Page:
Chapter Three

Fundamentals of Organization Structure

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A Sample Organization Chart
CEO

Vice President Fianance

Vice President Manufacturing

Director Human Resources

Chief Accountant

Budget Analyst

Plant Maintenance Superintendent Superintendent
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Training Specialist

Benefits Administrator
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The Relationship of Organization Design to Efficiency vs. Learning Outcomes
Horizontal Organization Designed for Learning
Horizontal structure is dominant • Shared tasks, empowerment • Relaxed hierarchy, few rules • Horizontal, face-to-face communication • Many teams and task forces • Decentralized decision making

Dominant Structural Approach

Vertical structure is dominant • Specialized tasks • Strict hierarchy, many rules • Vertical communication and reporting systems • Few teams, task forces or integrators • Centralized decision making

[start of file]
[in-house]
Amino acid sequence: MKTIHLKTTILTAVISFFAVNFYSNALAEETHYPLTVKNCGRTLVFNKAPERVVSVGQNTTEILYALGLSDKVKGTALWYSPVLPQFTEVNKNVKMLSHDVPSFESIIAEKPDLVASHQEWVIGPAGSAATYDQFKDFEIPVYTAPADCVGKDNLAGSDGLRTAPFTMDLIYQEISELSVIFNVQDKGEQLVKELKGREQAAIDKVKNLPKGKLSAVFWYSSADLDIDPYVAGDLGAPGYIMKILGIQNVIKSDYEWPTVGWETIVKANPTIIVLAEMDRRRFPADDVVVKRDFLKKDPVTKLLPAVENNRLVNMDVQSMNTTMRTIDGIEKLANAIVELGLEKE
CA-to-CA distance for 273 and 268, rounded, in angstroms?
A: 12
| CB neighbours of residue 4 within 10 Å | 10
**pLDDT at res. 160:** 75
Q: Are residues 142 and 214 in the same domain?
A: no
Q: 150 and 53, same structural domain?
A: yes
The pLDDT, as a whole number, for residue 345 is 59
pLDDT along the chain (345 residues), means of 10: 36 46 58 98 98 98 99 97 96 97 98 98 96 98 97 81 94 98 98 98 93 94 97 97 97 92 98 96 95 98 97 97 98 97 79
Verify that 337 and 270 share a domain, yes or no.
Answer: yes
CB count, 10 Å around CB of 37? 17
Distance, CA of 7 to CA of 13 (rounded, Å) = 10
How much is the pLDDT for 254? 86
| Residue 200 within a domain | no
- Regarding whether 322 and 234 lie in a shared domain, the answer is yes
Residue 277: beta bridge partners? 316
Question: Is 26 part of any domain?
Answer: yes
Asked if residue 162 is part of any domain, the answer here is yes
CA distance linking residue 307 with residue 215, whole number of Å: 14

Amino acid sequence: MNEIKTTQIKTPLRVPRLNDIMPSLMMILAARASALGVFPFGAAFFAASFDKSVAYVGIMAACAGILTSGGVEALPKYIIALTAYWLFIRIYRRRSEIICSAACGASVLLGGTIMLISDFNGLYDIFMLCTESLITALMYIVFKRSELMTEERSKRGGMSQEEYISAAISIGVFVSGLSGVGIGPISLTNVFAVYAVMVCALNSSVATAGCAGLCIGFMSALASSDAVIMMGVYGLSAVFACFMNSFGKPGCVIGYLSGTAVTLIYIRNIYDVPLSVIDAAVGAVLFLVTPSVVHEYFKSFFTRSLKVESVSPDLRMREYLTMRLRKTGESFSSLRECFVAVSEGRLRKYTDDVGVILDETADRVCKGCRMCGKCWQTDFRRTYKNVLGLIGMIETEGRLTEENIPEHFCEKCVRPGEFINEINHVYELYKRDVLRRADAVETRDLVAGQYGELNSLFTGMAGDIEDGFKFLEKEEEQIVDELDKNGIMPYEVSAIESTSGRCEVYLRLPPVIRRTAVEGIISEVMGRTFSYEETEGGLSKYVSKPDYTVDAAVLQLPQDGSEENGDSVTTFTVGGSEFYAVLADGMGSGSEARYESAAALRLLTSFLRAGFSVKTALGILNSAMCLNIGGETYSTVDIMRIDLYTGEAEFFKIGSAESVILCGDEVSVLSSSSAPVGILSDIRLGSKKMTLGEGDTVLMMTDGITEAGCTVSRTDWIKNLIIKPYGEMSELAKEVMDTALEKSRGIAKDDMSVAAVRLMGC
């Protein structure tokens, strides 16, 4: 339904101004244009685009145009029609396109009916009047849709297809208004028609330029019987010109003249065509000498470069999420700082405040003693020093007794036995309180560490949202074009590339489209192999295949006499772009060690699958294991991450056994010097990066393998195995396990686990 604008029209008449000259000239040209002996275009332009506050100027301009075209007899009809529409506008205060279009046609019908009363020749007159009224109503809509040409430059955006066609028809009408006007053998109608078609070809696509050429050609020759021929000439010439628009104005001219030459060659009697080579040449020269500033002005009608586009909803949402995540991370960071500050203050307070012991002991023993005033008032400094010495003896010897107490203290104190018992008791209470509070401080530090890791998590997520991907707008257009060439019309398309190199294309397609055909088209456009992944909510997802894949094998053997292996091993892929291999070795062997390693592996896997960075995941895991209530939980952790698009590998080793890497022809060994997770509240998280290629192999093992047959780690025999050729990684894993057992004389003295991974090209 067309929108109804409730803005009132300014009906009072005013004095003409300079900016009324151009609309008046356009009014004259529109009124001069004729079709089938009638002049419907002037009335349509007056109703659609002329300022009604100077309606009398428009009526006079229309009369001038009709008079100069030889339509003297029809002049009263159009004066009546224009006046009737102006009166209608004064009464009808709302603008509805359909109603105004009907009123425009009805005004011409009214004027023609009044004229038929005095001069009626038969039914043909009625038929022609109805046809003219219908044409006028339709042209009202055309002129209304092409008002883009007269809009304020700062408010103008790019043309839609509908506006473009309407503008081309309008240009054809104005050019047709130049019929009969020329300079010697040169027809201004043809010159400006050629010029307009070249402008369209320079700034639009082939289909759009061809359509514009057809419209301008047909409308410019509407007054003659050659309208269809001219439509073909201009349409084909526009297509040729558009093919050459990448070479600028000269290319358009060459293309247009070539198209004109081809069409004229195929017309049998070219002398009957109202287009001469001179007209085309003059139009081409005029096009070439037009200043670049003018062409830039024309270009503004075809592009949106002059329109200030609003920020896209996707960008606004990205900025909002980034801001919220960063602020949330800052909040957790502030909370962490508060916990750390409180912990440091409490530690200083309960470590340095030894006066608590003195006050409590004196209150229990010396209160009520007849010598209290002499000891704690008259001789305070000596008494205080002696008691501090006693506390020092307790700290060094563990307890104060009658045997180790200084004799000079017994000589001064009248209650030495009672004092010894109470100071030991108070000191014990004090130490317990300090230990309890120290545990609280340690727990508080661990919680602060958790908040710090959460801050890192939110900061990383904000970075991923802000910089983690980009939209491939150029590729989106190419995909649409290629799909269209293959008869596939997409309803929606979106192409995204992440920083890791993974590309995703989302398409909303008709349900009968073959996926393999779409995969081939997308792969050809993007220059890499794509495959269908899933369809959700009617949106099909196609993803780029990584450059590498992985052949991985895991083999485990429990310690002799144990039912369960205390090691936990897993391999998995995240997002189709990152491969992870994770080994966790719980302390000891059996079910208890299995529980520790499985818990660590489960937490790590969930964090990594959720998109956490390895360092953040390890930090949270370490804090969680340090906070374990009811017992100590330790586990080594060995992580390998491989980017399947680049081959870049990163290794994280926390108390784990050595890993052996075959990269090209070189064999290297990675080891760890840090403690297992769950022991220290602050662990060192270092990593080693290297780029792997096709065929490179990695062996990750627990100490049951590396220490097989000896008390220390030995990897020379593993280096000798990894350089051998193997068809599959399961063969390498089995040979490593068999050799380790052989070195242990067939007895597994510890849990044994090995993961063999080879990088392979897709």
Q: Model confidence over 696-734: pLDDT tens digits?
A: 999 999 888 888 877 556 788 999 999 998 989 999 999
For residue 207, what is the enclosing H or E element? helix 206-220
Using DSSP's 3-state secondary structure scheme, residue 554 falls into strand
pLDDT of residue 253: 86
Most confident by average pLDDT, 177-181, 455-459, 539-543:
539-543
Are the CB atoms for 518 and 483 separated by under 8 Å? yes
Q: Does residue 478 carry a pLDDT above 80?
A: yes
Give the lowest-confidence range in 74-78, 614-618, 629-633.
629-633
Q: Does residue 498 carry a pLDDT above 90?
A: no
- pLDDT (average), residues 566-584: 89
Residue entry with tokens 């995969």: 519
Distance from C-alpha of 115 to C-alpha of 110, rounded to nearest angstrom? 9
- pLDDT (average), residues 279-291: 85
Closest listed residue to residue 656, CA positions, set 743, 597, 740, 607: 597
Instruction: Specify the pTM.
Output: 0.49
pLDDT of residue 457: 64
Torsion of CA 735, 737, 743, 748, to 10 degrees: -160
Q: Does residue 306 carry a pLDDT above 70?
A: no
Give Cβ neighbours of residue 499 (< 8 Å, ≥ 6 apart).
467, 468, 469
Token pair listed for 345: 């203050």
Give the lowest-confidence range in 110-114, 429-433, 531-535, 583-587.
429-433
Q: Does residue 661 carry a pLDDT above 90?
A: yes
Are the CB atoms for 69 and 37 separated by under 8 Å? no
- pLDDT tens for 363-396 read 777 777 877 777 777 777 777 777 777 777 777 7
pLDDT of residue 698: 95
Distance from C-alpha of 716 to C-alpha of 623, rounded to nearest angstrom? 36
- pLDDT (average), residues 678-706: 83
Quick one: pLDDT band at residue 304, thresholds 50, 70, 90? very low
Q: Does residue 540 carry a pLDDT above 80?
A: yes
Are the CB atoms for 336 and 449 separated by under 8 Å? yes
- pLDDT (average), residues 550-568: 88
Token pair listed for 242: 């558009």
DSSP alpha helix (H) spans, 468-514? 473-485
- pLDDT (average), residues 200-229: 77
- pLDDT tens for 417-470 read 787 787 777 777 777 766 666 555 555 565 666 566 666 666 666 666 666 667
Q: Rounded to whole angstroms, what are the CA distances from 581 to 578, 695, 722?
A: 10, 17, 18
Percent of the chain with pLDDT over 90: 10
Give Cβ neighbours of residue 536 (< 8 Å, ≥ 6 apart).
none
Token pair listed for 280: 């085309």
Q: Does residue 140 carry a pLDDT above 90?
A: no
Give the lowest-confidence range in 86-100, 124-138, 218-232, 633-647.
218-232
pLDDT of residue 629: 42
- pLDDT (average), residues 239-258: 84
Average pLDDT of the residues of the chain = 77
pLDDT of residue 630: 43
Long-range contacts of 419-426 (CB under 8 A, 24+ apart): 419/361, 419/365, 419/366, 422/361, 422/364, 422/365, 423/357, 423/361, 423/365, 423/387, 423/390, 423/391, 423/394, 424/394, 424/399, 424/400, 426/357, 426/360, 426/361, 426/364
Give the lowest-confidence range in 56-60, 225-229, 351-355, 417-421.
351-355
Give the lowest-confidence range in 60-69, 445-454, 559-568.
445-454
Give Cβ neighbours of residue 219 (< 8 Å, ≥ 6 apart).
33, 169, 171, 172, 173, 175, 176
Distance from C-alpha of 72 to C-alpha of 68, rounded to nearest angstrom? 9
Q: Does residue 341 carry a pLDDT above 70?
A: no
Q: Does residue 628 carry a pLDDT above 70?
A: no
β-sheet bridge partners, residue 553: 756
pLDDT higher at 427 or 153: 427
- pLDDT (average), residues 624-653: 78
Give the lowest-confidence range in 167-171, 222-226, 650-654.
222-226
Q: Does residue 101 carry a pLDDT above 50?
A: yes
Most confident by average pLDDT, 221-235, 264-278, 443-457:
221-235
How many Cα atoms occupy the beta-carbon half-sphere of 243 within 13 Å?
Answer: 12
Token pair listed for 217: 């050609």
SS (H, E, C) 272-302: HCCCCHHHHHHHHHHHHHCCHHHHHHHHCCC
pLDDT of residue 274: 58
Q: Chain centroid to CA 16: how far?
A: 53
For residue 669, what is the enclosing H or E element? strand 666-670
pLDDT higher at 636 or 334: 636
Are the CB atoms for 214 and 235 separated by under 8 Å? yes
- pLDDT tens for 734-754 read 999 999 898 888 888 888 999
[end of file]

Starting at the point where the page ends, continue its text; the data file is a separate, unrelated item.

Vertical Organization Designed for Efficiency
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Ladder of Mechanisms for Horizontal Linkage and Coordination
H IGH

Teams
Full-time Integrators Task Forces Direct Contact

Amount of Horizontal Coordination Required

LOW

Information Systems
LOW HIGH

Cost of Coordination in Time and Human Resources
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Project Manager Location in the Structure
President
Finance Department Financial Accountant Budget Analyst Engineering Department Purchasing Department Project Manager New Product A Project Manager New Product B Project Manager New Product C
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Marketing Department Market Researcher Advertising Specialist

Product Designer
Draftsperson

Buyer

Buyer

Management Accountant

Electrical Designer

Market Planner

Buyer

©2000 South-Western College Publishing Cincinnati, Ohio Daft, Organization Theory and Design 7/e

Teams Used for Horizontal Coordination at Rodney Hunt Company
President Marketing Vice Pres. Engineering Vice Pres Manufacturing Vice Pres

Water Control Equip. Sales Manager Water Control Product Team Textile Machinery Domestic Sales Manager Textile Machinery Export Manager Advertising Manager